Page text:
When in Japan, I often I wonder what in the world could possibly happen that would be worth writing about. I’ve written about the funny features of every day life, chance encounters, accidental dives into rivers and nighttime sword fighting lessons, and I often fear I’ll never experience anything worth writing about again. My great fear is to become boring, the chief sin of most travel blogs.
The fact is, that after 5 trips to Japan, I repeatedly fail to accept the inevitability of impending peril.
And so it was that A lost her eyeglasses in a taxicab in central Kanazawa.
We had visited Myoruiji, a small shrine known colloquially as the “ninja temple,” in view of its many hidden trap doors, secret stairwells, and mysterious passageways. The Maeda clan had built Myoruji as an outpost to hide spies and maintain a lookout for Kanazawa castle. It is said there is a tunnel that leads from Myoruji under the city and all the way to the Castle. I say “it is said” because when listening to the tour guide explain the possibility that the claim is true, it was completely obvious to me that it is false. Perhaps it is my training as a lawyer and prosecutor, but there is a way to tell a lie and pretend it might be true that is transparent even in a foreign language.
The tour was entirely in Japanese and the staff were notoriously unwelcoming and rigid. True to form, they instructed me not to translate for Annie, as it would distract the tour guide. Instead we were given an English guidebook, A was just as well, because I needed it almost as much as A, not because I didn’t understand, but because I spent most of the time trying to stay warm in the un-heated, centuries-old structure. There is something about temples and shrines that renders them colder than the outside.
It was on the ride back that A apparently decided to leave her glasses in the one place we would never be able to find them again, a Taxicab..
It is crucial to understand how uniquely poor a choice of location this was to lose an item in Japan. If she had left them nearly anywhere else in the island nation of Japan, we stood a chance of getting them back. The street? A passerby would turn them in to the Police Station (I swear, it happens ALL THE TIME - ask a former resident). A museum or train car? They have lost-and-founds. A hotel? They would mail them to us, along with a note apologizing for not trying hard enough to make sure we did not leave anything behind.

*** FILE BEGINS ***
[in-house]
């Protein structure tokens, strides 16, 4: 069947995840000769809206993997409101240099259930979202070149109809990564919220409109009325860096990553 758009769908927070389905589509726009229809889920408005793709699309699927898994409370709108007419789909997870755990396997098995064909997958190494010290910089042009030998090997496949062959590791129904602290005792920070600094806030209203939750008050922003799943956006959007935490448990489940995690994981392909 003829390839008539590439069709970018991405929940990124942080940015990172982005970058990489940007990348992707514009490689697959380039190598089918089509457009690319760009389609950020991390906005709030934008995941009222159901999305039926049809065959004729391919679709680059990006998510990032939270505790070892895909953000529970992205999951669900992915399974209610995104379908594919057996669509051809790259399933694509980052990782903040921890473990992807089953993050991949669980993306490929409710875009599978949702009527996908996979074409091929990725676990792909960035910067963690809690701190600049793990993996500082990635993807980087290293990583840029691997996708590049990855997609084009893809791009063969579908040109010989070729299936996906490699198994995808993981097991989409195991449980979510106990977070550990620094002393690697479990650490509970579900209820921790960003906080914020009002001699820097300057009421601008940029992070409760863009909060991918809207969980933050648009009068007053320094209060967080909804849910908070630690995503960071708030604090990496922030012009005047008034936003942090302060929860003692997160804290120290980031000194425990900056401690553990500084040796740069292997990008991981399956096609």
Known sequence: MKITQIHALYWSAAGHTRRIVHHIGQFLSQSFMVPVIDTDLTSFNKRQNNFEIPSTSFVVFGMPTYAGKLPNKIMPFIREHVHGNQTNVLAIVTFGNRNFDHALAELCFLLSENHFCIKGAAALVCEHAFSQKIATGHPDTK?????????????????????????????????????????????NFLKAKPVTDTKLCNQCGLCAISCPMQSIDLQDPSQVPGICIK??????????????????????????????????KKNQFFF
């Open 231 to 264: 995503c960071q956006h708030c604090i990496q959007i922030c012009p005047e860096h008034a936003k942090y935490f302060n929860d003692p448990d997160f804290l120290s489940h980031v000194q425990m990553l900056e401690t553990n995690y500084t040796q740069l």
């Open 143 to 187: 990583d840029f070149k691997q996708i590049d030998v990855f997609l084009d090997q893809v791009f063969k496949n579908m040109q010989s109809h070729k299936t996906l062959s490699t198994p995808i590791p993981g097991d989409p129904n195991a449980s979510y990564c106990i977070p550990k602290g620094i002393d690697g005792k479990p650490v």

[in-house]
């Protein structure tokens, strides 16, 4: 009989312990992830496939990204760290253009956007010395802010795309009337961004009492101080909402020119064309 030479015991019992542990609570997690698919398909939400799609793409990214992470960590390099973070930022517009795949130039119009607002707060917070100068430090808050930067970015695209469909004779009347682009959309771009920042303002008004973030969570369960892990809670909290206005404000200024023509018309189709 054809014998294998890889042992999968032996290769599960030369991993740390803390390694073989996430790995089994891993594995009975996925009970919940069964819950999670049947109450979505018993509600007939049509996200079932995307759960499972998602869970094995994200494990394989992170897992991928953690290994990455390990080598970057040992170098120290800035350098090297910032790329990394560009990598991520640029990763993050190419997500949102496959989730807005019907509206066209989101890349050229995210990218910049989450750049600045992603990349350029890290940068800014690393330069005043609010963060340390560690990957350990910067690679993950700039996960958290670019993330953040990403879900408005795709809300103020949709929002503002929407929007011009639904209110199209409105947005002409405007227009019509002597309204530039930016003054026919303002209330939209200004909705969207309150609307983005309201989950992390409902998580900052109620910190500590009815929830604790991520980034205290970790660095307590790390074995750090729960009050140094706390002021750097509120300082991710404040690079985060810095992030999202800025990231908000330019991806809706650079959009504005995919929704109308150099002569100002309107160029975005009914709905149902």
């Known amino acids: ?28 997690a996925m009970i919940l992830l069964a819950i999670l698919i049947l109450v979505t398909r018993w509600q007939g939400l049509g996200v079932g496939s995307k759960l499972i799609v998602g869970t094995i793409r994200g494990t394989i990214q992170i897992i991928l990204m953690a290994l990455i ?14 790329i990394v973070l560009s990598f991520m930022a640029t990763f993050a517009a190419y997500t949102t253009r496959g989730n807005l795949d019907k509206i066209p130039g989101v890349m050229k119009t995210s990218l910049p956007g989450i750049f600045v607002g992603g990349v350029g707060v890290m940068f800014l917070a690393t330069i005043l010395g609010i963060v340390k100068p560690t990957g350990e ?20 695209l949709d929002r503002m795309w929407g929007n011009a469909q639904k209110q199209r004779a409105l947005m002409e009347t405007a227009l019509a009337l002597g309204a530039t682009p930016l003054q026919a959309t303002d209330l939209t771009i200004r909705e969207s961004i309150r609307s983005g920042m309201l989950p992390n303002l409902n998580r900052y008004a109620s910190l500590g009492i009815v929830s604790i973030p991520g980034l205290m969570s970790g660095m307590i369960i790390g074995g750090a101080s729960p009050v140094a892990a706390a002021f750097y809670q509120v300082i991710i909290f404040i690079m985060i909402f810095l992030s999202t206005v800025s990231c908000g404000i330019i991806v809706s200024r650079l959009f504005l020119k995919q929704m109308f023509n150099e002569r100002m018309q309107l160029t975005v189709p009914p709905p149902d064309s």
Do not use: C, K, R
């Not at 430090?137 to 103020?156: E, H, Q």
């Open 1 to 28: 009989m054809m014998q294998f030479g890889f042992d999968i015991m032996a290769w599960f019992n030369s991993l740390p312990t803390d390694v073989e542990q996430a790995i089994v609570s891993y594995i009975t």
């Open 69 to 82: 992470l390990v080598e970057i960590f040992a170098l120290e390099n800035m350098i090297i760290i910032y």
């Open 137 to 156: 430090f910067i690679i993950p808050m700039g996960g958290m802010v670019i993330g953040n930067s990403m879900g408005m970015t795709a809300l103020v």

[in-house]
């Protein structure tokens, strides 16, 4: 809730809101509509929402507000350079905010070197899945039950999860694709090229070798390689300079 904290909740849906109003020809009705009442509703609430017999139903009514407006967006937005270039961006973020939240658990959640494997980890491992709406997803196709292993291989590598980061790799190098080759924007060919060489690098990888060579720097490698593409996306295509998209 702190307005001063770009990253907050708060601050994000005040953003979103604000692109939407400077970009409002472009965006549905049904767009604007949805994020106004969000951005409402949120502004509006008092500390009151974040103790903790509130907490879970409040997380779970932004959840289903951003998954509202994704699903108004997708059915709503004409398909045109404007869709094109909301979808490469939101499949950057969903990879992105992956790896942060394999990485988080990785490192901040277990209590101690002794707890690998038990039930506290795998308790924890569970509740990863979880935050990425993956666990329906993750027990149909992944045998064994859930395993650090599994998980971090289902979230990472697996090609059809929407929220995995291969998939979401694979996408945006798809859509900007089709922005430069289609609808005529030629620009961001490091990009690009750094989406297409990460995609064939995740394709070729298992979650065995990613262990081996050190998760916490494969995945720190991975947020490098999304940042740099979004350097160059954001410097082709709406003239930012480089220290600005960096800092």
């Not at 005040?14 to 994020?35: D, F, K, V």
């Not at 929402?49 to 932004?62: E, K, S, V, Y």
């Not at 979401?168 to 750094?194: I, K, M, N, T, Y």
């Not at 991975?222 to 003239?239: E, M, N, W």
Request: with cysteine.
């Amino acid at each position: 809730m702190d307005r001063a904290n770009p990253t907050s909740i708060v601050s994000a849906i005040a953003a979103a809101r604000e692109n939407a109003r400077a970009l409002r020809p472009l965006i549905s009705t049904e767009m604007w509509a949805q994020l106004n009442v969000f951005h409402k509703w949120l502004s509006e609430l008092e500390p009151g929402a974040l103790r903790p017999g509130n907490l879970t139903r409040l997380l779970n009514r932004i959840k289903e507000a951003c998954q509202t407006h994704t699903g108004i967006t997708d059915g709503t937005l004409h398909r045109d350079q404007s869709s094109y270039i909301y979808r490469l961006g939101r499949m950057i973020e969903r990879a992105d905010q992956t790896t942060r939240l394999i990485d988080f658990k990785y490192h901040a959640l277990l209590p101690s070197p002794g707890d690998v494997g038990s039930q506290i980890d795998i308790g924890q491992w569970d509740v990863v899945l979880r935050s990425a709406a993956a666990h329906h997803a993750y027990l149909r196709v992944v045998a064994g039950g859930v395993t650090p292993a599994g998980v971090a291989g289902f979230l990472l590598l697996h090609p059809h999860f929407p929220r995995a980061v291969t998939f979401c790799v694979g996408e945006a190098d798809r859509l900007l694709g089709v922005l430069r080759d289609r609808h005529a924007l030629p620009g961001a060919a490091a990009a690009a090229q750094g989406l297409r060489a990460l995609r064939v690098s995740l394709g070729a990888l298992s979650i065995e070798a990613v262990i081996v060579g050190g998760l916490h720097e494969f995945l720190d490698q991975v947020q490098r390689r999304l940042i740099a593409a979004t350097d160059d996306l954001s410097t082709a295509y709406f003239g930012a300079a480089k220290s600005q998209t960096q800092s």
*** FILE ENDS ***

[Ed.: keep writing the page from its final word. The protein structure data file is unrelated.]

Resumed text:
No, she had to pick a continuously mobile form of transportation whose driver would never figure out who left them behind. And, of course, we had no idea what cab company we rode from the Ninja Temple to Mr. Donut. So forget calling the company. (Believe me, I tried, with entirely unhelpful results). Her eyeglasses were gone the second we stepped out of the cab. We were, in a word, screwed.
Now, you might be wondering why I’m making such a big deal about this seemingly minor problem. I should begin by explaining that my wife suffers from rare but medically documented disphasia of the hippocampus called Topographical Agnosia. People who have this disorder lack the ability to visualize spatial relationships in a grid, the way most of us do when we navigate the world.
Imagine the route from your home to the grocery store. Got it? When you imagined it, you probably imagined a series of images laid out in a pattern, one after the other, related to each other by right or left turns, maybe in a grid or in a series of picture images. If I asked you to imagine that you were coming from a different direction, you could switch up the map.
She cannot. She actually gets lost in her office at work if she goes out the wrong door. I’m not making this up for purposes of humor, this is a real thing. My brother’s friend has it too, and apparently there are all sorts of jokes about him. (Did you hear about the march they organized for Topographical Agnosia? It was 2 weeks ago. Some of them still haven’t made it home).
So our big plan to split up in Tokyo for the last 3 days and wander the city was in jeopardy. We each have a Japanese and an American cellphone and a wifi hotspot but there is no way I can get her out of being lost if she cannot see. And forget finding someone to help. Most Japanese people learned English in school but would rather commit seppuku than risk embarrassment by trying to speak English.
Sitting in a tiny booth of the 3rd floor of Mr. Donut in Katamachi, I chewed on my frustration, vainly hoping to see the cabdriver come running in and hand us our lost property and bowing profusely. “Well, hell, this is why I carry a wi-fi hotspot,” I thought, and googled “buying new eyeglasses Japan.” Having determined it was possible, we set out to accomplish what the internet warned was difficult, but not impossible. And the first attempts we made, where we were told the wait would be 2 weeks, were not promising.